Tiger Watch19 hours ago

Tiger opens Hero World Challenge with up-and-down 72, six back of lead

Tiger Woods
David Cannon/Getty ImagesNASSAU, BAHAMAS - DECEMBER 04: Tiger woods of the United States plays his fourth shot on the third hole during the first round of the 2019 Hero World Challenge at Albany on December 04, 2019 in Nassau, Bahamas. (Photo by David Cannon/Getty Images)

NEW PROVIDENCE, Bahamas — Some even-par rounds are a bit of a slog—a birdie here, a bogey there, but never deviating too far from the baseline. Others, like Tiger Woods’ opening 72 at the Hero World Challenge, are a bit of a roller coaster.

The tournament host made an eagle, four birdies, four bogeys and a double bogey on a warm but windy day at Albany Golf Club. He was two over at the turn, three under after 15 and right back where he started after a disappointing 6 at the last. Woods will enter the second round of this 18-man tournament tied for 11th and six behind co-leaders Patrick Reed and Gary Woodland.

“It was not a very good start,” Woods said of his first competitive round since winning the Zozo Championship and tying Sam Snead's all-time record of 82 PGA Tour victories. “Didn’t play the par 5s well early and then got it going on the back nine for a little bit. Got myself right there, in the mix, and then bad shots on 17 and 18.”

The five-time Hero champion began the day with two pars before a bogey at the par-5 sixth, which was the result of a too-frisky pitch and missed five-footer for par. Woods got back to even after chipping to tap-in range on six, the second of Albany’s five par 5s—his short game was terrific all day—but made the turn in two-over 38 by way of bogeys at eight and nine.

The dropped shot at the ninth, also a par 5, came after his tee shot finished in a sandy area just right of a bush. Woods opted to try a difficult second shot that came out with cut spin, which was exacerbated by wind in his face, and found water down the right side.

Things turned around quickly on the back nine. Woods played the five-hole stretch from 11 to 15 in five under, highlighted by a picture-perfect chip-in for eagle (and a mini fist-pump) on 15.

He then turned back into the breeze and came up short on the par-3 17th. A poor lie in the bunker forced him to play safely past the pin, and he two-putted from there for bogey.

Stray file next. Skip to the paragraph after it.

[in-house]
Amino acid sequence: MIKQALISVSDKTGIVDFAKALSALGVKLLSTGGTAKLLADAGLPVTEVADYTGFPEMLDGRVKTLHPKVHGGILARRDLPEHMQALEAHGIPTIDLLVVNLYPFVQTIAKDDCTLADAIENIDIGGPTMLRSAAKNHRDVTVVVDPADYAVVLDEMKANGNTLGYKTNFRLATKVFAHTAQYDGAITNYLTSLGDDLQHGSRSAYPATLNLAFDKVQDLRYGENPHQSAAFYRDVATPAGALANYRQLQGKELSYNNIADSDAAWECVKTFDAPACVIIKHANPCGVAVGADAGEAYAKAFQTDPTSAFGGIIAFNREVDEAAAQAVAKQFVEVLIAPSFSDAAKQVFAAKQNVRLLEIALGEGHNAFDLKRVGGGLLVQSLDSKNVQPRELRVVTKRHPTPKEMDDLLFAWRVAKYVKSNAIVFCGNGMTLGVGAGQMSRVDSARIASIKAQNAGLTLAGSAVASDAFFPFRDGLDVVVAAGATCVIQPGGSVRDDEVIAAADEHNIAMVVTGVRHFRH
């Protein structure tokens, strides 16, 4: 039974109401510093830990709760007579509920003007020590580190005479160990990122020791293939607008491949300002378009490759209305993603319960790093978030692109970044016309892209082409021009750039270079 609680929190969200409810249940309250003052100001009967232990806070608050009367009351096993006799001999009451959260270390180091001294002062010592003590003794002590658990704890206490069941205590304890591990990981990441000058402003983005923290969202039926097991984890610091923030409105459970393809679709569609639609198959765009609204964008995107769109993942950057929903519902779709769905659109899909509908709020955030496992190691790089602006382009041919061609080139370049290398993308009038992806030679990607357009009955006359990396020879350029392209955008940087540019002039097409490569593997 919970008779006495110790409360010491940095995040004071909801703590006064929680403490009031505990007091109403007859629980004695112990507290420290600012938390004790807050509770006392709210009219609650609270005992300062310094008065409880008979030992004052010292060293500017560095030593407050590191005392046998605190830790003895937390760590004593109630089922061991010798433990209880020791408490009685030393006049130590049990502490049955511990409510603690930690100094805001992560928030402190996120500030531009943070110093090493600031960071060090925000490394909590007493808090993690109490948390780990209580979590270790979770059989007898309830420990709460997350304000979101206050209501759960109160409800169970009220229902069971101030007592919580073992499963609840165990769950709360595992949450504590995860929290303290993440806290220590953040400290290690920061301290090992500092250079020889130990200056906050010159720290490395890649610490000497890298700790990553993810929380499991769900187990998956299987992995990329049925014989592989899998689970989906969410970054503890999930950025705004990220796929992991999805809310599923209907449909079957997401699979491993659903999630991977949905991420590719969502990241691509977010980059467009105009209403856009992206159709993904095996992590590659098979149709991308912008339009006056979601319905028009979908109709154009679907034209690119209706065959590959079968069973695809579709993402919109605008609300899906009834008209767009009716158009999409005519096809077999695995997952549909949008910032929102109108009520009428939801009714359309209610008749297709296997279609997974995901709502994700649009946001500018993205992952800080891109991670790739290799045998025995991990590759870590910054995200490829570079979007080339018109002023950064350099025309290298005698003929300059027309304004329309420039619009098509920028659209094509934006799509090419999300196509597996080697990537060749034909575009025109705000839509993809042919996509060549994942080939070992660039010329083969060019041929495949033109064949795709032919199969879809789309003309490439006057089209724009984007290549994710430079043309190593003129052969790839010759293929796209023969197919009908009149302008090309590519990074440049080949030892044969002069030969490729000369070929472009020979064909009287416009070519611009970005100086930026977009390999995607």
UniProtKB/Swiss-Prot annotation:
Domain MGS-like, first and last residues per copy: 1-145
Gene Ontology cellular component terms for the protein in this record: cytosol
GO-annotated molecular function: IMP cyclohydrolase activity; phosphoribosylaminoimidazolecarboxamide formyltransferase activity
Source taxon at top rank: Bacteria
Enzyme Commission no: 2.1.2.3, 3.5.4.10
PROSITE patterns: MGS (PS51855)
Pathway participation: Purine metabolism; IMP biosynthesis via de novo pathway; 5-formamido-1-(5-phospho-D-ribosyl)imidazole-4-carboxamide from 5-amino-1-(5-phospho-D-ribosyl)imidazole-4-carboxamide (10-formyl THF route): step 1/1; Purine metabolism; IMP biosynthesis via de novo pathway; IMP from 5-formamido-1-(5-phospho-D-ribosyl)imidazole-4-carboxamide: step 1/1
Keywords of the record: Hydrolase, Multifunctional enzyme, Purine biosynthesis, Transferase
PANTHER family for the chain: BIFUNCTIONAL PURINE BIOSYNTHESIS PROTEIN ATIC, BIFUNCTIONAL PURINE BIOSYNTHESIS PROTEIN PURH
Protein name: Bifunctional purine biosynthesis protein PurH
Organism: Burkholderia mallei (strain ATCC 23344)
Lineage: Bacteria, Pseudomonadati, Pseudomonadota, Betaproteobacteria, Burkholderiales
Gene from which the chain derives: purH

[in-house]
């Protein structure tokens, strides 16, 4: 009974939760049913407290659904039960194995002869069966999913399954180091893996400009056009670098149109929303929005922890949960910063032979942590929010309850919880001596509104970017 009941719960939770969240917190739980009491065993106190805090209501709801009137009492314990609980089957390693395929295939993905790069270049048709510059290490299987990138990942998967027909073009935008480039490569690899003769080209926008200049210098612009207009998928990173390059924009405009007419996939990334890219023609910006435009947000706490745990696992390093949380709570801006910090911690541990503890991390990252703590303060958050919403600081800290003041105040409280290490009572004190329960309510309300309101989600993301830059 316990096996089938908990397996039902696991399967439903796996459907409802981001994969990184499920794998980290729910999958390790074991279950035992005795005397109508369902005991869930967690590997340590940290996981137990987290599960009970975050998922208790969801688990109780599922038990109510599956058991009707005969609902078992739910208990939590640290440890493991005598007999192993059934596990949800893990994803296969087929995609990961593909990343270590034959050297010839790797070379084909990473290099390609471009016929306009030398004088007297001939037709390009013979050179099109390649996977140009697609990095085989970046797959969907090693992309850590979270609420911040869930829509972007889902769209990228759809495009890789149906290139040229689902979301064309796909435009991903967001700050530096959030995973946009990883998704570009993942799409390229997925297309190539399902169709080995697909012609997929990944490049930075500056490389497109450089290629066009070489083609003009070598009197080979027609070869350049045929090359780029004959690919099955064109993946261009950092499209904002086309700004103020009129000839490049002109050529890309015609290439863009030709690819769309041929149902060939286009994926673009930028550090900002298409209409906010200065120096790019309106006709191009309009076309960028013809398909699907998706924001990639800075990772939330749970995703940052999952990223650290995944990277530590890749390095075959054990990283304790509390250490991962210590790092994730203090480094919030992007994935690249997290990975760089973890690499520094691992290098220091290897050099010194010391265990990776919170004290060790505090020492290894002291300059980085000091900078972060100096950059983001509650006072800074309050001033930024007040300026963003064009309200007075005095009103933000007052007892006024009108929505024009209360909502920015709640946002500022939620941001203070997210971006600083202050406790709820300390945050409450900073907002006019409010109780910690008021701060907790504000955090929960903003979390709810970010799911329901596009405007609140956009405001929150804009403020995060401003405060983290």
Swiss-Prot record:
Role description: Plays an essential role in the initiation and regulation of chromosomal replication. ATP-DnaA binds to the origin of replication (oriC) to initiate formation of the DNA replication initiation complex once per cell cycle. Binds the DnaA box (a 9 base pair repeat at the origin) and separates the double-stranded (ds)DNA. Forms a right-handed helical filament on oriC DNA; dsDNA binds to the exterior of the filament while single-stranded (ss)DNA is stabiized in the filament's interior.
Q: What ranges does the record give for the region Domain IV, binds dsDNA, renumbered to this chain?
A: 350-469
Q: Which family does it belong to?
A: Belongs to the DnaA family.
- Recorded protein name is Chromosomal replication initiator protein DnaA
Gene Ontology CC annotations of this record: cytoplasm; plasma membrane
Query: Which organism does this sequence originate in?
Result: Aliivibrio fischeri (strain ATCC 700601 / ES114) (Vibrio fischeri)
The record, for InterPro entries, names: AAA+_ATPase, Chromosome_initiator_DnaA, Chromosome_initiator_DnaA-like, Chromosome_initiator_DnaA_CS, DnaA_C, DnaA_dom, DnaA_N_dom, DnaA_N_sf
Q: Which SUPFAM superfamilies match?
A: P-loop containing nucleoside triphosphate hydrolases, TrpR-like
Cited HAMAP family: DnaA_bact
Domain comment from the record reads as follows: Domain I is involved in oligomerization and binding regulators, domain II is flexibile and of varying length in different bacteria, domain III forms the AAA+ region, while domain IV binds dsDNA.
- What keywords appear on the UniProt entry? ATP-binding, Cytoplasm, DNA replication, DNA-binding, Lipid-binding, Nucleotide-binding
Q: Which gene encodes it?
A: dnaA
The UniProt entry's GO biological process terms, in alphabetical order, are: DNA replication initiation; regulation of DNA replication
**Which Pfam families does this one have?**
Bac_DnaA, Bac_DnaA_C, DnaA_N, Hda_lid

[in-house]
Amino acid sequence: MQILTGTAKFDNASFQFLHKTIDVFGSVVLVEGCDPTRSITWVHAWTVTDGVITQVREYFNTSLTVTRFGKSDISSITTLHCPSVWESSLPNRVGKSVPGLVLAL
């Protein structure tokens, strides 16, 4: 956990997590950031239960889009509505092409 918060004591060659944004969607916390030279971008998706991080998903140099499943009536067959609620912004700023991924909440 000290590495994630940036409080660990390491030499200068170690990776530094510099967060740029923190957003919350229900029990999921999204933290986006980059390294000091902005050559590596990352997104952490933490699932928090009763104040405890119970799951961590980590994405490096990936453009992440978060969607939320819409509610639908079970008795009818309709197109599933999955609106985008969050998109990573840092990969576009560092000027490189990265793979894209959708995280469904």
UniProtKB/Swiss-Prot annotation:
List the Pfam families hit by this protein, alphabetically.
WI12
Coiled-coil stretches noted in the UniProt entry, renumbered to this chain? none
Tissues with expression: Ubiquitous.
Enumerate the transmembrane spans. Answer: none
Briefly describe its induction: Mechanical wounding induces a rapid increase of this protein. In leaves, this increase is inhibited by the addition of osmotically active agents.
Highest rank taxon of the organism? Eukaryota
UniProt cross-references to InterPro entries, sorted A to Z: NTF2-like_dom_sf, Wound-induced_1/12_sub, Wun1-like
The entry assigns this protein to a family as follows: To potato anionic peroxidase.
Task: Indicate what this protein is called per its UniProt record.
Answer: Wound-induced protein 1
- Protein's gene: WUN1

The 18th was the most difficult hole on Wednesday—it played nearly a full stroke over par with a 4.94 scoring average—as an unusual wind made its 470 yards play closer to 540. Woods’ tee shot found the right bunker, and he opted to lay up with his second shot. His pitch landed short of the flag and spun backwards, leaving an uphill 20-footer for par. He needed three from there to come in with double.

In total, Woods hit 11 of 13 fairways, 11 of 18 greens and needed 27 putts.

“I didn’t putt that well today, but my short game was great, drove it really well. Just hit a couple poor iron shots that cost me a few shots.”

Woods won’t spend much energy ruminating on the disappointing finish. He simply doesn’t have time—there are stil preparations to be made for next week’s Presidents Cup, 10,000 miles away in Australia.

“We land there Monday, we don’t have a whole lot of time to get to the golf course. A few of us got to go do a [photo] shoot out on the river, dinner. Then the next day it’s a long practice round, six guys have to do interviews, a gala dinner that night, followed the next day by a practice round, photos, plus six more guys have to do interviews, pairings, and then we play.

“So there isn’t a whole lot of time, which is why we’ve got to run through things now so that when we get there, we have a clear picture of what we’re doing.”

Woods will start his second round at 11:23 a.m. EST alongside Bubba Watson.